Giving Cops The Finger Is Protected Speech, Says Another Federal Court

from the learn-faster,-idiots dept

Another federal court has given its official approval of flipping the bird to cops. This isn’t to say it’s a wise idea, just a Constitutional one. Extending the middle finger is protected speech. Detentions or arrests that follow bird-flipping are usually unsupported by any of things officers need to have on hand (probable cause, reasonable suspicion, etc.) to deprive someone of their liberty.

Other cops have argued the hand gesture that pissed them off so much they broke the Constitution is some sort of universal distress signal. The ensuing interaction wasn’t about being offended, but rather their outsized concern someone in the vehicle might be in need of assistance. Courts have found this argument literally unbelievable.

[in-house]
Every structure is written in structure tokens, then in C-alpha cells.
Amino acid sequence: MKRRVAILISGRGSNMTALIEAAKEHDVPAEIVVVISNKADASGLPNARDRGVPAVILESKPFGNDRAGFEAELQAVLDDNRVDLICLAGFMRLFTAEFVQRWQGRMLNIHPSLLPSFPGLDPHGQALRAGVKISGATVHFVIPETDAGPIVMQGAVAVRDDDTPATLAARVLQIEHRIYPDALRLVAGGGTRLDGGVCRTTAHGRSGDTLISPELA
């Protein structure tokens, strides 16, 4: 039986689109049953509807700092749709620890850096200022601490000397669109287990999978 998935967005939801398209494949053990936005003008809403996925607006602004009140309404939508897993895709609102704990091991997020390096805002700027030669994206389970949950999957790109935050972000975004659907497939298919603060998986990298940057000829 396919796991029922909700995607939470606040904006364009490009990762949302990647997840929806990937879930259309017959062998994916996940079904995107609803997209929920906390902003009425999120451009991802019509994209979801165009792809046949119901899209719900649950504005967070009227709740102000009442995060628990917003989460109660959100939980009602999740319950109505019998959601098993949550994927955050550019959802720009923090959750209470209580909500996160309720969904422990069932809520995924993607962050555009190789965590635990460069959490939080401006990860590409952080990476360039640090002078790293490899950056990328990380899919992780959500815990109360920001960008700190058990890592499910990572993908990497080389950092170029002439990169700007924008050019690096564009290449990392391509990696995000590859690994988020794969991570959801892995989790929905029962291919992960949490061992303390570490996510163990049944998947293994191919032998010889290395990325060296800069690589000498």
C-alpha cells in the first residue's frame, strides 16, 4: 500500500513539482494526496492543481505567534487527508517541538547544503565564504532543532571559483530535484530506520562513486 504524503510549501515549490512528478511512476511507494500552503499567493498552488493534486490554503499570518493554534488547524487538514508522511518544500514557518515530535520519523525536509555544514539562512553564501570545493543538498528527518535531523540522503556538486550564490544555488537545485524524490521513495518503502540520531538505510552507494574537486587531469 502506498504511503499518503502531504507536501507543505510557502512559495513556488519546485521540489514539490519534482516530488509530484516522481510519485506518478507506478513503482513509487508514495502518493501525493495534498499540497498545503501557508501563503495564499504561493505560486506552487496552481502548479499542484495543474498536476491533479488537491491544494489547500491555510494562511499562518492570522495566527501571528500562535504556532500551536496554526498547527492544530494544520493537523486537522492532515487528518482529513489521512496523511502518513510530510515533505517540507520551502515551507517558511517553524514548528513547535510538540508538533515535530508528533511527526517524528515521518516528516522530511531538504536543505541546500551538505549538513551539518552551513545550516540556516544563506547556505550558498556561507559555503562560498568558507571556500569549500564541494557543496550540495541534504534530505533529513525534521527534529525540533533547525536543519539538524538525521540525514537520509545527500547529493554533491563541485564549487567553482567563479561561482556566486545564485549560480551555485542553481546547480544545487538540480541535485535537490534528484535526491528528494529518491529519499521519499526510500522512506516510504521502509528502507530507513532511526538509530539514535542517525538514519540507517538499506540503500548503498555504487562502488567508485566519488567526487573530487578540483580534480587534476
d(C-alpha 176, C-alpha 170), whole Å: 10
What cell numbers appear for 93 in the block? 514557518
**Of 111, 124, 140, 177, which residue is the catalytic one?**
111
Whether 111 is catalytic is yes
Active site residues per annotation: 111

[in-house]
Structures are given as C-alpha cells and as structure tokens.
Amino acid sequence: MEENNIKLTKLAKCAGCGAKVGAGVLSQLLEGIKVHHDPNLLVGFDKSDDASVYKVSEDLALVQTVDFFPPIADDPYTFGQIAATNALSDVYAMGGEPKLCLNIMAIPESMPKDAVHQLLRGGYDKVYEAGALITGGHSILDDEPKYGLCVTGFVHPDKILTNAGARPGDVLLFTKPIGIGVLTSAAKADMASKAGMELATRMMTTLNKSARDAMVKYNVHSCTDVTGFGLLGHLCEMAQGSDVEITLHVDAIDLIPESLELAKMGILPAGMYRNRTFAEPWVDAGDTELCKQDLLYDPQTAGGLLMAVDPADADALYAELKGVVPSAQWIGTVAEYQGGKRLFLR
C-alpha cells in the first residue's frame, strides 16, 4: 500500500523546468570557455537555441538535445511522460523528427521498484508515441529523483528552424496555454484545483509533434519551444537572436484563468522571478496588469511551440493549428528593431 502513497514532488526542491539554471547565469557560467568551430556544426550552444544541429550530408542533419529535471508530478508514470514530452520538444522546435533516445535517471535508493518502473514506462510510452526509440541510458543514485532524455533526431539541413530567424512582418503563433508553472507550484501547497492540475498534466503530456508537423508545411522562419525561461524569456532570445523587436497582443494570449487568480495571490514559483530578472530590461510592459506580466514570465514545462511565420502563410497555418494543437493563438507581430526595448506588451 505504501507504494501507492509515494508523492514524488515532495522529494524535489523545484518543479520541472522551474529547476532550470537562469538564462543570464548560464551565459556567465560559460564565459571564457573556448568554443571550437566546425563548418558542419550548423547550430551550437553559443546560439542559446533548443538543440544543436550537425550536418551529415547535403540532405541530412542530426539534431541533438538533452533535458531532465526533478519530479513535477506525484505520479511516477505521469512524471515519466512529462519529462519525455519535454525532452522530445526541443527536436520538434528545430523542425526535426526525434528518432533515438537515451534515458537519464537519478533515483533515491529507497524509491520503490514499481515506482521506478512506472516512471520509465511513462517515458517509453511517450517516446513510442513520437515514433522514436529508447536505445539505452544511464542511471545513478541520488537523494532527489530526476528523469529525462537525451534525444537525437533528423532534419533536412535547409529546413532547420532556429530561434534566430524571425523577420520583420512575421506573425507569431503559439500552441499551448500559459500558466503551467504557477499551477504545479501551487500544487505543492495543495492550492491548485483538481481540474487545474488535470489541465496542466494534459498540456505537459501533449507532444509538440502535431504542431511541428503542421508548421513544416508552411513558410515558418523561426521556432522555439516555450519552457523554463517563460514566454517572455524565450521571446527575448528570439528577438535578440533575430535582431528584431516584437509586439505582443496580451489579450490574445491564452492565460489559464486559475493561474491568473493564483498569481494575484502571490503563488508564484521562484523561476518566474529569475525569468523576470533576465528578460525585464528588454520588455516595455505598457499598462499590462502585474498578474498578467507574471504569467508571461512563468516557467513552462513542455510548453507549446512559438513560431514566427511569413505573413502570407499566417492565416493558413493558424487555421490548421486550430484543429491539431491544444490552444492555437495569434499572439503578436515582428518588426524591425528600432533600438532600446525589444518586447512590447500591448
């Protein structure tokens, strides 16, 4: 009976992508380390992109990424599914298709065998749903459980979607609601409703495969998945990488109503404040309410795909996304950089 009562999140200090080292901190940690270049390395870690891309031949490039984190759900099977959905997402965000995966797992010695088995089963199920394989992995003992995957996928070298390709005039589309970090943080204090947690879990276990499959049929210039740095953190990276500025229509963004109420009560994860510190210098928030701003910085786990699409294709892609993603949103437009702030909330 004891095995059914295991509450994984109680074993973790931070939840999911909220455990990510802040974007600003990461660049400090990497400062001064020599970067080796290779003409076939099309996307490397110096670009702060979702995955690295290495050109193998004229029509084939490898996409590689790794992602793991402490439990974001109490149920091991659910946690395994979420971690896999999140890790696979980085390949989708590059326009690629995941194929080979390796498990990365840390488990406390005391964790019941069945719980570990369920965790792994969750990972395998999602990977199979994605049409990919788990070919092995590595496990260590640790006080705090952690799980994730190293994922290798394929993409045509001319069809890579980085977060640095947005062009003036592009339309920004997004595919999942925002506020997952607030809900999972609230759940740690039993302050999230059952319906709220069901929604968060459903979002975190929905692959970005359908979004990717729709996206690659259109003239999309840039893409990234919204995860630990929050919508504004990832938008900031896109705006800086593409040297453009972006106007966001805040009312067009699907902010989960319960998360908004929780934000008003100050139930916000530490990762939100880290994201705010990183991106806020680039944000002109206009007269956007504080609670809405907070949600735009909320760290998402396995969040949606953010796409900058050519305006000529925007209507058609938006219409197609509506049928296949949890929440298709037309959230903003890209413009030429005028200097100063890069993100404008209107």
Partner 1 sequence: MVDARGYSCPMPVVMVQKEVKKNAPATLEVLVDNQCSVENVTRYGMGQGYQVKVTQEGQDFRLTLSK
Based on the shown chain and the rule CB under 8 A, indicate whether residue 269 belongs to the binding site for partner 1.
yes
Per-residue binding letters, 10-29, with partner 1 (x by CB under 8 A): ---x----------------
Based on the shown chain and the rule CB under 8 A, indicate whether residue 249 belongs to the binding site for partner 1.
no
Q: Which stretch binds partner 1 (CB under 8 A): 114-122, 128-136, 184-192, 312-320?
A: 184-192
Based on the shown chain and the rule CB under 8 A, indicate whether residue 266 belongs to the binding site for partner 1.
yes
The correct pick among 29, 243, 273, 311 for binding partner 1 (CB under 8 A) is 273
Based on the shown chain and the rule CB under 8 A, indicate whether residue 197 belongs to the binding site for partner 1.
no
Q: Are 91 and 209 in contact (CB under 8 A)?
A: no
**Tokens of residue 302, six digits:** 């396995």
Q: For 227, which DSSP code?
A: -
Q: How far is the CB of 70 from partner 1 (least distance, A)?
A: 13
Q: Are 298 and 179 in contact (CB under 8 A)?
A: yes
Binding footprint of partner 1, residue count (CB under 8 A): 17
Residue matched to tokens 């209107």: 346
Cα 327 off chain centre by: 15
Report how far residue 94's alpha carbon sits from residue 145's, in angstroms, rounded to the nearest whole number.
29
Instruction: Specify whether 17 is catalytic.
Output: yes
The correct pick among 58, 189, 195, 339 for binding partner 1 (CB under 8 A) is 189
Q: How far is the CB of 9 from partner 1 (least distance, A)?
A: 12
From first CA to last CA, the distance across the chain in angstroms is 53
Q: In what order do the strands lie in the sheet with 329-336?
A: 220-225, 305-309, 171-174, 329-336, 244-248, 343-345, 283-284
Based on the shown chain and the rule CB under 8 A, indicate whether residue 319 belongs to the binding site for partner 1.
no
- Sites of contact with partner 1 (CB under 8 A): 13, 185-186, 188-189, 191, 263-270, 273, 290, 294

In this case, the cop being sued made no such argument. Instead, Officer Wayne Minard maintained he had probable cause to pull Debra Cruise-Guylas over again because he had only issued a warning about her speeding. The court doesn’t agree with this assessment. It points out Guylas had already been pulled over for speeding. The citation ultimately issued by Officer Minard may have been for impeding traffic, but the purpose of the original stop was fulfilled when the citation was issued. No further violation had occurred when Minard pulled Guylas over a second time. From the decision [PDF]: (h/t Adam Steinbaugh)